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The detection of copper resinate pigment in works of art: contribution from Raman spectroscopy


  • This article is part of the special issue of the Journal of Raman Spectroscopy entitled “Raman in Art and Archaeology 2013” edited by Polonca Ropret and Juan Manuel Madariaga.

  • This article was published online on 2 March 2014. Errors were subsequently identified in the author affiliations. This notice is included in the online and print versions to indicate that both have been corrected [17 March 2014].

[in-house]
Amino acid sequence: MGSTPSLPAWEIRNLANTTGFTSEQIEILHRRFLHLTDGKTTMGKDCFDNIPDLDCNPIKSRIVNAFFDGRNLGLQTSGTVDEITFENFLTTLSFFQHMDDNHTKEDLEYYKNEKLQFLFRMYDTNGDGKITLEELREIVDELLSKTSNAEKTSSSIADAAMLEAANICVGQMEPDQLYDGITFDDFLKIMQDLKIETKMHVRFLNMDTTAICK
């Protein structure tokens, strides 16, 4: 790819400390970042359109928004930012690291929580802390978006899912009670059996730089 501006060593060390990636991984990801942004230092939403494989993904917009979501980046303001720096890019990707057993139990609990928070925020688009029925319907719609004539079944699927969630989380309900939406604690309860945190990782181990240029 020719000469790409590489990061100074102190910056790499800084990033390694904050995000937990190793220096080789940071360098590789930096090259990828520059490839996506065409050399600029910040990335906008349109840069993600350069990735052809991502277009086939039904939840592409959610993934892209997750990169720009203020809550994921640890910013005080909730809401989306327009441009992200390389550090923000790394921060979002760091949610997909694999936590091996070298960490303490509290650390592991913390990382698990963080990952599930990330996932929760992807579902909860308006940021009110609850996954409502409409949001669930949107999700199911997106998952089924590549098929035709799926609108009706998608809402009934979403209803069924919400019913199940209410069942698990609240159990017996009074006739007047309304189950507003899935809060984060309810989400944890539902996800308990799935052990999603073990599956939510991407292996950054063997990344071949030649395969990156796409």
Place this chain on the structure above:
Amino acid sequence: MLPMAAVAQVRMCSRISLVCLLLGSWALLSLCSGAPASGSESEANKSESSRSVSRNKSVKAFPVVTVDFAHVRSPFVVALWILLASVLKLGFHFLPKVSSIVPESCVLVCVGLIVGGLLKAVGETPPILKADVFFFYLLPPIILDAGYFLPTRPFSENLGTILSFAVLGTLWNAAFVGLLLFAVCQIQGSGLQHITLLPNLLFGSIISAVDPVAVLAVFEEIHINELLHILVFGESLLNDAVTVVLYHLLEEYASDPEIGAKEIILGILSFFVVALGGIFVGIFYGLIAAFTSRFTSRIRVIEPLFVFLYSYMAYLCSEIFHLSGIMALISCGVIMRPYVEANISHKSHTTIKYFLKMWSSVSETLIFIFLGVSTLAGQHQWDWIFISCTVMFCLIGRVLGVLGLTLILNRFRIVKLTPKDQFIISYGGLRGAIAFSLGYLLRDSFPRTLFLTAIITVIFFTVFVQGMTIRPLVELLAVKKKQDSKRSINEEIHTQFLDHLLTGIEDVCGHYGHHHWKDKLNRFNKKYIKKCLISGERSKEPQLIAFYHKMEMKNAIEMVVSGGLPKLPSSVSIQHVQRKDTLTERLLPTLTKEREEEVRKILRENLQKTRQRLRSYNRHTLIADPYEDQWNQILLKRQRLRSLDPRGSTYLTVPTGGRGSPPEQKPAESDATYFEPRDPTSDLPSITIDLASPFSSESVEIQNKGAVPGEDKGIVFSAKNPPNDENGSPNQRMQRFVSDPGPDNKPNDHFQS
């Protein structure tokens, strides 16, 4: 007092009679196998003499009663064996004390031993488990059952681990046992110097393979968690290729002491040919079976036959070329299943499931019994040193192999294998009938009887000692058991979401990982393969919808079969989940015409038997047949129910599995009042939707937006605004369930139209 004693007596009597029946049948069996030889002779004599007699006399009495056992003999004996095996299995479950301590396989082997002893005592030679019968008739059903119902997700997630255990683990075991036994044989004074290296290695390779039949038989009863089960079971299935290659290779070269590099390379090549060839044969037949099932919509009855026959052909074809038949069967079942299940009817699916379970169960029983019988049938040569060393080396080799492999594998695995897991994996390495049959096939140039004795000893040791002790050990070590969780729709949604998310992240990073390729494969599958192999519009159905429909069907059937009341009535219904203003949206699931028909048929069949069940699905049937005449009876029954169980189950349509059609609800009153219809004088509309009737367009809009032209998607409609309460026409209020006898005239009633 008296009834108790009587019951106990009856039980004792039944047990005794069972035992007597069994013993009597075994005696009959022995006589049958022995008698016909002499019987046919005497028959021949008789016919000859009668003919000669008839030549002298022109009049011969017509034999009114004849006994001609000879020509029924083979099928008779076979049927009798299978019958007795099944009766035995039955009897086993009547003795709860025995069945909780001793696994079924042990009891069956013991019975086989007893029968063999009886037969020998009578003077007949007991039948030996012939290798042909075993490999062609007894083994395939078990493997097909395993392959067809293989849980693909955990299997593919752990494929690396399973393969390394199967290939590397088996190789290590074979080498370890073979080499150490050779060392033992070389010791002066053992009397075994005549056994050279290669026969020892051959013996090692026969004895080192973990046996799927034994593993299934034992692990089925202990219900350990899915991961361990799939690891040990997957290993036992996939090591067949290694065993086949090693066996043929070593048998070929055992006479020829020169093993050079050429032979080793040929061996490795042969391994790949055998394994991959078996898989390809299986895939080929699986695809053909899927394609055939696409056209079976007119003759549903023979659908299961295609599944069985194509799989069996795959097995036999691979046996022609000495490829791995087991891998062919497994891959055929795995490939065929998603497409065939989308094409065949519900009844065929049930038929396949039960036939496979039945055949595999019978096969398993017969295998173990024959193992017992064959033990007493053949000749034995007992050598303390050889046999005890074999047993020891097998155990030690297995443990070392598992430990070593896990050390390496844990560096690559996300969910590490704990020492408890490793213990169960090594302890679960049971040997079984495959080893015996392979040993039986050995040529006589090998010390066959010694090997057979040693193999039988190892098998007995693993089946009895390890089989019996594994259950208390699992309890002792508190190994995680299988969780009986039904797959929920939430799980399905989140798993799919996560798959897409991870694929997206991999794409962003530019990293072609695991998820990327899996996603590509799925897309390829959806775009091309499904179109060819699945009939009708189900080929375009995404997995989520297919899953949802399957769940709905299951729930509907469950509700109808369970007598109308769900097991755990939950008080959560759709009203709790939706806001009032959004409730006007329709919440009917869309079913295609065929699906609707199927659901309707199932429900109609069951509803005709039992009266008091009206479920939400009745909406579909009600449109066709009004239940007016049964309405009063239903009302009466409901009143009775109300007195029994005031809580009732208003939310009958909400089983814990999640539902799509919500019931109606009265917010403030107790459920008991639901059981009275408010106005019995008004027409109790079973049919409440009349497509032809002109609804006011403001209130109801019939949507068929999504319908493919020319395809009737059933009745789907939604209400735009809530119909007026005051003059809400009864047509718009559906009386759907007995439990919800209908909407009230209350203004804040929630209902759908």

Copper resinate is a green pigment widely used by the 16th century painters, as many surveys on Italian and European paintings proved. The pigment is a transparent green glaze, and its color is due to copper salts of resin acids. The oldest recipes suggest the preparation of copper resinate by mixing verdigris with terpenic resins as Venice turpentine (conifer resins) on hot ashes. The detection of copper resinate in paintings is up to this time an analytical challenge. We examined the Raman features of copper resinate (powder and in a mock paint film with linseed oil) and compared them with verdigris. Six laser sources (488, 514, 532, 633, 785, and 830 nm) were used in different laboratories to highlight the drawbacks and advantages of a specific excitation source. The obtained results were applied in the analyses of a famous Caravaggio's painting. For a detailed interpretation and full exploitation of the Raman spectra, Fourier transform infrared spectroscopy measurements were carried out as well. Copyright © 2014 John Wiley & Sons, Ltd.